Marc Thiessen, last week:
Today, the Obama administration is no longer attempting to capture men like these alive; it is simply killing them. This may be satisfying, but it comes at a price. With every drone strike that vaporizes a senior al Qaeda leader, actionable intelligence is vaporized along with him. Dead terrorists can't tell you their plans to strike America.
The New York Times, today:
The Taliban’s top military commander was captured several days ago in Karachi, Pakistan, in a secret joint operation by Pakistani and American intelligence forces, according to American government officials.
The commander, Mullah Abdul Ghani Baradar, is an Afghan described by American officials as the most significant Taliban figure to be detained since the American-led war in Afghanistan started more than eight years ago. He ranks second in influence only to Mullah Muhammad Omar, the Taliban’s founder and a close associate of Osama bin Laden before the Sept. 11 attacks.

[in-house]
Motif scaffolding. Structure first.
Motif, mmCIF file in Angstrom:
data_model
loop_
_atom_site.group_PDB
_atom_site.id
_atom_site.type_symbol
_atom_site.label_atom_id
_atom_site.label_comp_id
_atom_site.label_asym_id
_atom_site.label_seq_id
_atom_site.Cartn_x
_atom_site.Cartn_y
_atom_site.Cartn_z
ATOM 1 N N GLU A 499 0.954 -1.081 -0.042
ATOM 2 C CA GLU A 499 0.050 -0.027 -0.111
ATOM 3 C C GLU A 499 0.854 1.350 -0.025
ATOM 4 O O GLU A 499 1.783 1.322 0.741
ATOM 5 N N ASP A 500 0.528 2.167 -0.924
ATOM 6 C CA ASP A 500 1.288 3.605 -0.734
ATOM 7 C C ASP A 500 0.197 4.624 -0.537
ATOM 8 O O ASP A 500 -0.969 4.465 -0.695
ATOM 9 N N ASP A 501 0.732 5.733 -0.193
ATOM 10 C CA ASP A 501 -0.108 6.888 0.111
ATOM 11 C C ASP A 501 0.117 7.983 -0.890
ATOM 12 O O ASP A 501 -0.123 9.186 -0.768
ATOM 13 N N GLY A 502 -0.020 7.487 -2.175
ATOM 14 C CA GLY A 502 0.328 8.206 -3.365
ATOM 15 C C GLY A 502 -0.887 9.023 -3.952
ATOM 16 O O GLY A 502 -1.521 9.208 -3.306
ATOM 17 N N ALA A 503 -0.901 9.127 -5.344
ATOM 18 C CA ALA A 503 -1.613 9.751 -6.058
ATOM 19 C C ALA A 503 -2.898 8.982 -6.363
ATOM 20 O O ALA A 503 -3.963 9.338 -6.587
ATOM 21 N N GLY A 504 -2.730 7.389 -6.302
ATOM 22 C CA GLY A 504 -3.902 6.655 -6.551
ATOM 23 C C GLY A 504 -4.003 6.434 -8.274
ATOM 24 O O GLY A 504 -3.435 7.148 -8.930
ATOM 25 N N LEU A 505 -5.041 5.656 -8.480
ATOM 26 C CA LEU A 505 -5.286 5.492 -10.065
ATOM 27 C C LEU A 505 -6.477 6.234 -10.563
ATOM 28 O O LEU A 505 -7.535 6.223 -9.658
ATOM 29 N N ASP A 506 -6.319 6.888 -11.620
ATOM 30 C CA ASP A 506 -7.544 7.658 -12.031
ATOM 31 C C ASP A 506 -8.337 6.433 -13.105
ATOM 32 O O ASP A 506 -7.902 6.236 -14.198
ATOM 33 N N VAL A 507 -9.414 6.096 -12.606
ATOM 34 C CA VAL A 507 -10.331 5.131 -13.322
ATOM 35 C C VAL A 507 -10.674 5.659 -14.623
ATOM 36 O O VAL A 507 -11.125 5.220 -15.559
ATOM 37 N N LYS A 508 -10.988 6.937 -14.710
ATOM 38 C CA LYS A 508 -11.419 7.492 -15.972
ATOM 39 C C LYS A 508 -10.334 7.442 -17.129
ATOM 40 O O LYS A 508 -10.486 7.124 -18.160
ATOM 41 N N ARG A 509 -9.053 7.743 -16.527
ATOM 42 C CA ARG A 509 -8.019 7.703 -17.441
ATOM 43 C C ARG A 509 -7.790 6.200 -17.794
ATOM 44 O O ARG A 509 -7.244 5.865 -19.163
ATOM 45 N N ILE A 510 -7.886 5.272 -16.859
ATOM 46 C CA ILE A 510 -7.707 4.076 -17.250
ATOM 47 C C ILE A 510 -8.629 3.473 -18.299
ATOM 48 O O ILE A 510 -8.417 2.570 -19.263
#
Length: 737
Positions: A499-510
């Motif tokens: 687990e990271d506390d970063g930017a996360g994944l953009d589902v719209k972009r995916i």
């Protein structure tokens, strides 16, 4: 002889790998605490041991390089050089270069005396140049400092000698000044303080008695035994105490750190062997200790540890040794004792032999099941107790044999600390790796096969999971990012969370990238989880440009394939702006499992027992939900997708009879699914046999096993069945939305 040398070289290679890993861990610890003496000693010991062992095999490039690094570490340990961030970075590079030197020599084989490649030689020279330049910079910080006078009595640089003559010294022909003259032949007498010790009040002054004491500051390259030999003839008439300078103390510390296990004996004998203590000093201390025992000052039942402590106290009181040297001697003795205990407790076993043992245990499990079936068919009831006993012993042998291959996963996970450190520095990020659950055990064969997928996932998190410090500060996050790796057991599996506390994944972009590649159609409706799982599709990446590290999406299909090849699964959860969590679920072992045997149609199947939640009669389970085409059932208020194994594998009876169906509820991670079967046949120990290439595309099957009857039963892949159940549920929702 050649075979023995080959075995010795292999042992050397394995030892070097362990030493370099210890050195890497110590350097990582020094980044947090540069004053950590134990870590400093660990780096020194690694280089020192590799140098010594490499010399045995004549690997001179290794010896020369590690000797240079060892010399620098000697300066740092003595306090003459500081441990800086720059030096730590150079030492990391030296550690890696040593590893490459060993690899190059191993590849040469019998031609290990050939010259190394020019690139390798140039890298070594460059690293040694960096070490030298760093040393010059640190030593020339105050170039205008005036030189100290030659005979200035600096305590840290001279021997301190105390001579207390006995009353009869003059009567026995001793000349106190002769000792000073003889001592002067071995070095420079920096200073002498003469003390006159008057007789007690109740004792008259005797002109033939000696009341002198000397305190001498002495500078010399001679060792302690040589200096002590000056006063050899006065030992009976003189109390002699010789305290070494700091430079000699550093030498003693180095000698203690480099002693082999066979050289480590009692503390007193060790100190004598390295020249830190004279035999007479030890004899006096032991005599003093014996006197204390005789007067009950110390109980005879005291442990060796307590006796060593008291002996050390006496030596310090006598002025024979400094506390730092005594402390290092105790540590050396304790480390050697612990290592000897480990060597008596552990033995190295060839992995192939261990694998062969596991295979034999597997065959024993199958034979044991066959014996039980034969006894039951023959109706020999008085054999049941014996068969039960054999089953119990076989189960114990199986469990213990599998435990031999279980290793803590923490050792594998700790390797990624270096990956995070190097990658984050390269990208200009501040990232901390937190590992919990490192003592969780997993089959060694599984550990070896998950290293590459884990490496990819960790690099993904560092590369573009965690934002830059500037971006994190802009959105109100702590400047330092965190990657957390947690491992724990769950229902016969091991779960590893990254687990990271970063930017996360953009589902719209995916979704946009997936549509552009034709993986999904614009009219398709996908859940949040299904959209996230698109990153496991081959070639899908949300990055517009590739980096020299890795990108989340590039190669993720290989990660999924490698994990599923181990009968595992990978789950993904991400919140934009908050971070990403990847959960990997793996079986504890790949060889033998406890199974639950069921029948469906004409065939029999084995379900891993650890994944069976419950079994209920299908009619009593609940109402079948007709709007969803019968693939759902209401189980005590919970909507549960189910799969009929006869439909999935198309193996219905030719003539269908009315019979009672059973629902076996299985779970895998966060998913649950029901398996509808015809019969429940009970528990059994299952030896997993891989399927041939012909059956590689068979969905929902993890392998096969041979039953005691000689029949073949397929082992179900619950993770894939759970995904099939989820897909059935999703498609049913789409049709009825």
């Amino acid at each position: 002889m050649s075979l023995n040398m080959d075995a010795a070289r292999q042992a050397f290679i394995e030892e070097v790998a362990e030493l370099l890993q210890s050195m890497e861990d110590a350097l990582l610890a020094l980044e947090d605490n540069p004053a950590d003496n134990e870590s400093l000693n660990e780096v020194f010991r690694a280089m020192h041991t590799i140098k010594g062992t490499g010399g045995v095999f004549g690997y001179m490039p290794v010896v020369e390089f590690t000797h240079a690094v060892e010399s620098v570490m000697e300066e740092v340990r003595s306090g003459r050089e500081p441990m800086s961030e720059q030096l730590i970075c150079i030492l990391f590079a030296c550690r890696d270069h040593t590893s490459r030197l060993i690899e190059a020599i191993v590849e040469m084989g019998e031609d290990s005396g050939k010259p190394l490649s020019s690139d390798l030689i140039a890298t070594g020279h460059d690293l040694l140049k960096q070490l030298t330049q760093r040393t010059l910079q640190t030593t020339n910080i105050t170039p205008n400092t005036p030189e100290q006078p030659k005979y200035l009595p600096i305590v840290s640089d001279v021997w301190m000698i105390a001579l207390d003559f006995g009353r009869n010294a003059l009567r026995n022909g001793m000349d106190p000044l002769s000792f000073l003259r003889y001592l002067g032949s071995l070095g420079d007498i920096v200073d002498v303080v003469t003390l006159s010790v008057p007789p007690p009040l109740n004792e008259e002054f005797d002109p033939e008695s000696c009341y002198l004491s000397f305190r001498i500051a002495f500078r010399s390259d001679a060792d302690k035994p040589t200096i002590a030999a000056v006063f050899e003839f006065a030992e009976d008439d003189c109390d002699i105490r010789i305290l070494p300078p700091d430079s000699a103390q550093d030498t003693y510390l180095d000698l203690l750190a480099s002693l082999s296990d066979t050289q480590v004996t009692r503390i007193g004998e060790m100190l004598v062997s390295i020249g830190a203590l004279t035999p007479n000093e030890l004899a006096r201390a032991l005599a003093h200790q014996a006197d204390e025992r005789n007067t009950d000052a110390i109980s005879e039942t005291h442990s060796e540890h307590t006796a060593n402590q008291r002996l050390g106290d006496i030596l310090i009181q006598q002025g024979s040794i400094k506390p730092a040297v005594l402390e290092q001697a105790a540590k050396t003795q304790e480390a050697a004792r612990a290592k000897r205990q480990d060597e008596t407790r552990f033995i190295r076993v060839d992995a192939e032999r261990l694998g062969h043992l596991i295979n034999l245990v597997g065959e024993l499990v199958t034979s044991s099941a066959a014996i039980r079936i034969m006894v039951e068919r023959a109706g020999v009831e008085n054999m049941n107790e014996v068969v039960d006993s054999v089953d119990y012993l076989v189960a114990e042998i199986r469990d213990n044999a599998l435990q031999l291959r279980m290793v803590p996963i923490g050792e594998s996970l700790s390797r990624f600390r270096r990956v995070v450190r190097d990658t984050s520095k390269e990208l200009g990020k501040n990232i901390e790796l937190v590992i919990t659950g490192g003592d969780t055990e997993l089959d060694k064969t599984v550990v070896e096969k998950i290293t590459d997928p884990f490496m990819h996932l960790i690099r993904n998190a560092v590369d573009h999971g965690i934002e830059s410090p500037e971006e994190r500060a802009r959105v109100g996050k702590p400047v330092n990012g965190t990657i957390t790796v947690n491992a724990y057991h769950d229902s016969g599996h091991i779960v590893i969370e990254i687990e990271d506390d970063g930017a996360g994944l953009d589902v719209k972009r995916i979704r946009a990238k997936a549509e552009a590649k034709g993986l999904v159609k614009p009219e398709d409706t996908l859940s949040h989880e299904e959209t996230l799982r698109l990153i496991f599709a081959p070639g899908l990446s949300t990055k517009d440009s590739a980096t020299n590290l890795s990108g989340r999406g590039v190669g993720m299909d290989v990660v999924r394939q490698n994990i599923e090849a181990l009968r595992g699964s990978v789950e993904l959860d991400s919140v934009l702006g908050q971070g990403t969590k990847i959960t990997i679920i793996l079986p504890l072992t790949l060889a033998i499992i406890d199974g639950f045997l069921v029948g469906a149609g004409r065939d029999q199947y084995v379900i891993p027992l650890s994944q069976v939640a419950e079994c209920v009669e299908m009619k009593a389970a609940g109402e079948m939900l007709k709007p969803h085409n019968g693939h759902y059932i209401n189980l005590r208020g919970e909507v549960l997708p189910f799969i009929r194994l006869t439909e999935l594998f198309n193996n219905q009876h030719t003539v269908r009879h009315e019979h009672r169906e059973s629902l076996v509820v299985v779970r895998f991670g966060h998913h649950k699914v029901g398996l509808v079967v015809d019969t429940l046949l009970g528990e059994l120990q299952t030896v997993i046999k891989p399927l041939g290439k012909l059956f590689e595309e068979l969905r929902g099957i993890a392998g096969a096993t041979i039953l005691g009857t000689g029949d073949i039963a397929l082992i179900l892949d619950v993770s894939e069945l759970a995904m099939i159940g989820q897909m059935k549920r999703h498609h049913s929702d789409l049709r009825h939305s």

Following Thiessen's Foreign Policy piece, his new employers at the Washington Post decided to do a feature story built around his thesis, that the Obama administration is using drone attacks to substitute for capturing suspected terrorist targets. The example they gave, Saleh Ali Nabhan, was a target who couldn't be "captured" except at great cost, and so the administration made a judgment call. Even Thiessen, when pressed, has admitted that he thinks that would be the right thing to do under such circumstances. His real problem is that Obama isn't torturing people anymore.
I've already said my piece about the drone attacks, which I think are likely illegal, counterproductive, and less accurate than the government claims. But it's clear that Thiessen's argument -- that the Obama administration has ceased trying to interrogate terror suspects -- is complete nonsense. It also might be a good idea for the Post to avoid using Thiessen's ideas for feature stories on national security.
-- A. Serwer